What does my sister do in Japan? Her job is not glamorous but it surely is exciting… and a job she loves thoroughly. She first arrived in Japan on 28 September 2013, just over one month after I arrived. When she arrived in the Country she was issued a 90 day tourist visa and we had to set right to work on finding her a job so that she could apply for a working visa and stay longer!
The first couple of weeks were a little frantic. Since she is over the age of 18 I could not claim her as a dependent and she could not claim a SOFA (Status of Forces Agreement) with the military. If you come into any country that offers SOFA to dependents then you can stay in the country as long as the person you are a dependent under.
We caught an exciting break when I found out that one of the department heads from my ship was transferring (the 1st LT for all of you Navy guys) and her husband had a job teaching English at the Oshima Shipyard. My sister went to work with him for a couple of days and then she applied for the job the next week. She was rivaling another American who also knew the woman from my ship so it was GREAT news when we found out she had been offered the job. Within a month she submitted for a working residency visa and she was set!
Now that all of those schematics are out of the way, I’d like for you to join me on a tour of the Oshima Shipyard where she works. It is a world renowned shipyard that makes just about 34 cargo ships a year. 34! that’s almost 3 huge cargo ships a month. In my opinion that’s a very high turnover rate, but then again you should never underestimate the Japanese culture and their abilities.
Our morning started off behind schedule, as we were both running late and as it were, Oshima Shipyard is located on Oshima Island and the fastest way to get there is by the Sasebo Ferry Station (about a 20 min. ride). We had to stop at the base to drop off my car and then we hopped into a taxi and were on the road. Within 5 minutes we arrived at the Ferry station, I bought my ticket and we ran down to the dock and jumped on just as they were closing the ramp
As the Ferry pulls up to the Island, you can see the crane with the signature Oshima Shipyard Insignia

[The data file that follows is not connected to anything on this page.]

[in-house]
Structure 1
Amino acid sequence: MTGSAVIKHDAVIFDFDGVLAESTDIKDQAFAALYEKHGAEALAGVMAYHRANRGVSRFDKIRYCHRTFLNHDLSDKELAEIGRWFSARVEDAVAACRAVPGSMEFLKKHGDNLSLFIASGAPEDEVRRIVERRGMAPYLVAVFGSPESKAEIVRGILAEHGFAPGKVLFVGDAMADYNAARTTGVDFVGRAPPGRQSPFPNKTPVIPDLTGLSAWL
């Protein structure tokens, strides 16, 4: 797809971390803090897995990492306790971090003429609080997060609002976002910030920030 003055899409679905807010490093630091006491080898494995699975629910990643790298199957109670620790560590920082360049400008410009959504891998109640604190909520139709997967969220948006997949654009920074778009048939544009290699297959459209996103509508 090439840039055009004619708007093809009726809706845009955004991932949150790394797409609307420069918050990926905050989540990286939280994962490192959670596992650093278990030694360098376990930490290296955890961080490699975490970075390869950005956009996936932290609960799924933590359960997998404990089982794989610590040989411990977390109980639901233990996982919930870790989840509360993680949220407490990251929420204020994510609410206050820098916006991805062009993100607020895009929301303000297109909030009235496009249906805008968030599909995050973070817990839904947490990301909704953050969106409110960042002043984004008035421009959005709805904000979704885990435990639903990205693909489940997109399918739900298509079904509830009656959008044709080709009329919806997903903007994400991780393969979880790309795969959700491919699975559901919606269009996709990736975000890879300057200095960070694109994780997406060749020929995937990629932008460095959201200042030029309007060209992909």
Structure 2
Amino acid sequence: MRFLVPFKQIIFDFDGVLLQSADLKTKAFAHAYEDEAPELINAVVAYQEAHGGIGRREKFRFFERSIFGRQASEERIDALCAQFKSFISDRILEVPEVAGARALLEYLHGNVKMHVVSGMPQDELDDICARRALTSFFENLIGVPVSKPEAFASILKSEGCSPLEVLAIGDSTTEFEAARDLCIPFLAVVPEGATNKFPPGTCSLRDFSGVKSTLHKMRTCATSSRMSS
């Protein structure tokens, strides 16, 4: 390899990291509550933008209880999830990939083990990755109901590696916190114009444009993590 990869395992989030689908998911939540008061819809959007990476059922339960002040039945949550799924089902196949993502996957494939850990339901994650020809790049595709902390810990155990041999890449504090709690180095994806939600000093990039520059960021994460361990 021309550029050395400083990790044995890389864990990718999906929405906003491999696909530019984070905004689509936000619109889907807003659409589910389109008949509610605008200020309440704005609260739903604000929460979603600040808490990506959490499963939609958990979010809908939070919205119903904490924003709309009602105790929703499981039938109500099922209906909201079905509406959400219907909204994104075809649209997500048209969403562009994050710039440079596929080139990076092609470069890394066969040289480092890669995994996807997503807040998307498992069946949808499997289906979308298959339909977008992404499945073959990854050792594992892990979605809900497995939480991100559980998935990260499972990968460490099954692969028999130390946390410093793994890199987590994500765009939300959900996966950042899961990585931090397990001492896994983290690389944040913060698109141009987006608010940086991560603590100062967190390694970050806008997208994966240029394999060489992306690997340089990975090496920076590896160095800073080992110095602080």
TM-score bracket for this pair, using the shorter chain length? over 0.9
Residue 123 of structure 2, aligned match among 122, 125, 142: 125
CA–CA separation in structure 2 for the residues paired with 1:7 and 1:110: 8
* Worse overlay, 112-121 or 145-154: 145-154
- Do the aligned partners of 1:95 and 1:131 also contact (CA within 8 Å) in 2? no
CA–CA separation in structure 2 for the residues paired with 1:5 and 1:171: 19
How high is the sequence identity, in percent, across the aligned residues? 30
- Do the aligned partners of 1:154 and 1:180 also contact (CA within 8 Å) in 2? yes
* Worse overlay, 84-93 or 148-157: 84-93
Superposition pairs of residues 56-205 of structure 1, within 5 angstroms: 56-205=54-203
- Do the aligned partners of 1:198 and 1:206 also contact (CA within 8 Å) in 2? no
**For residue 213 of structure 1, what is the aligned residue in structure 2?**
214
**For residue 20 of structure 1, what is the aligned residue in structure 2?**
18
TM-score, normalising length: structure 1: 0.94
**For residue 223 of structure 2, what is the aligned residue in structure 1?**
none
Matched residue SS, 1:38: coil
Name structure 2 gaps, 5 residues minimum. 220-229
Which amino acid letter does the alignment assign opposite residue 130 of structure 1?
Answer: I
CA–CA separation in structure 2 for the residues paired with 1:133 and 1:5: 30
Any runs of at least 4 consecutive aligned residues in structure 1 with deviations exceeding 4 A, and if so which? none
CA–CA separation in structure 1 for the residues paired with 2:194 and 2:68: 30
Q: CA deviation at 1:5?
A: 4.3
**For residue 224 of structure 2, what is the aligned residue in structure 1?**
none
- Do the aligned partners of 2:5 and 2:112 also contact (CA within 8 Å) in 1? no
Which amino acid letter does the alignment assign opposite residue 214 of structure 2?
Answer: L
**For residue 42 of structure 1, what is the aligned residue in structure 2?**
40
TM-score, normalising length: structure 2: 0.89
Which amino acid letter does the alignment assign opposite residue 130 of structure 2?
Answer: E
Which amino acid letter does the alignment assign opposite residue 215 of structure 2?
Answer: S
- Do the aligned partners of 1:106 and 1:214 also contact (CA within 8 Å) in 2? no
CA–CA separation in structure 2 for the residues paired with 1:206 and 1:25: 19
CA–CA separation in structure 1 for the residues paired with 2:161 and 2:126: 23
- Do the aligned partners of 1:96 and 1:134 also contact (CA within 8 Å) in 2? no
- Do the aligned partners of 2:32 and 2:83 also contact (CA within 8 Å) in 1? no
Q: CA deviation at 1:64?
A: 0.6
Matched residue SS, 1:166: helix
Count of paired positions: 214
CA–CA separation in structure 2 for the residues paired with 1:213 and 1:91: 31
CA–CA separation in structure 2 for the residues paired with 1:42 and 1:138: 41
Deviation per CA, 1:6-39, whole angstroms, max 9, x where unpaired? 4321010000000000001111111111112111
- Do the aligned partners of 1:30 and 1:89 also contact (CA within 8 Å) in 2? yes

The picture above shows a brand new merchant ship in the water. For every new ship they have a naming ceremony where the owners and the captains come to Oshima to break champagne on the hull and release doves for good luck. Mr Sato said that the King of Norway came to one of the naming ceremonies once because he was good friends with a man who had bought one of the ships.
Around the buildings is where they store big pieces of the ships as they go through the phases of being built. Here are two of the bigger pieces that were being worked on outside of one of the buildings.
After the tour and I met with the Executive Officer in charge at the ship yard (Mr. Sato says he is the busiest man on the island.) I went to sit in on a few of my sisters classes. Normally one class is comprised of only 3-4 students so her class are very involved. The students that she teaches are around the age of 21 and up and they are all working at the shipyards for project design, mechanical and electrical engineering, master welding, etc. They are very smart and are provided opportunities to learn English to better themselves and the company. Everyone I talked to said they loved English class most and that my sister was a great teacher. I couldn’t agree more!
After 4 classes it was time for lunch and we headed over to the Olive Bay Hotel a new hotel that opened in April as a luxurious place for ship owners to stay when they come in to pick up their ships. Anyone can stay at this hotel but it quite a pretty penny.
The hotel has a very modern feel to it and overlooks a beautiful lake on the other side.
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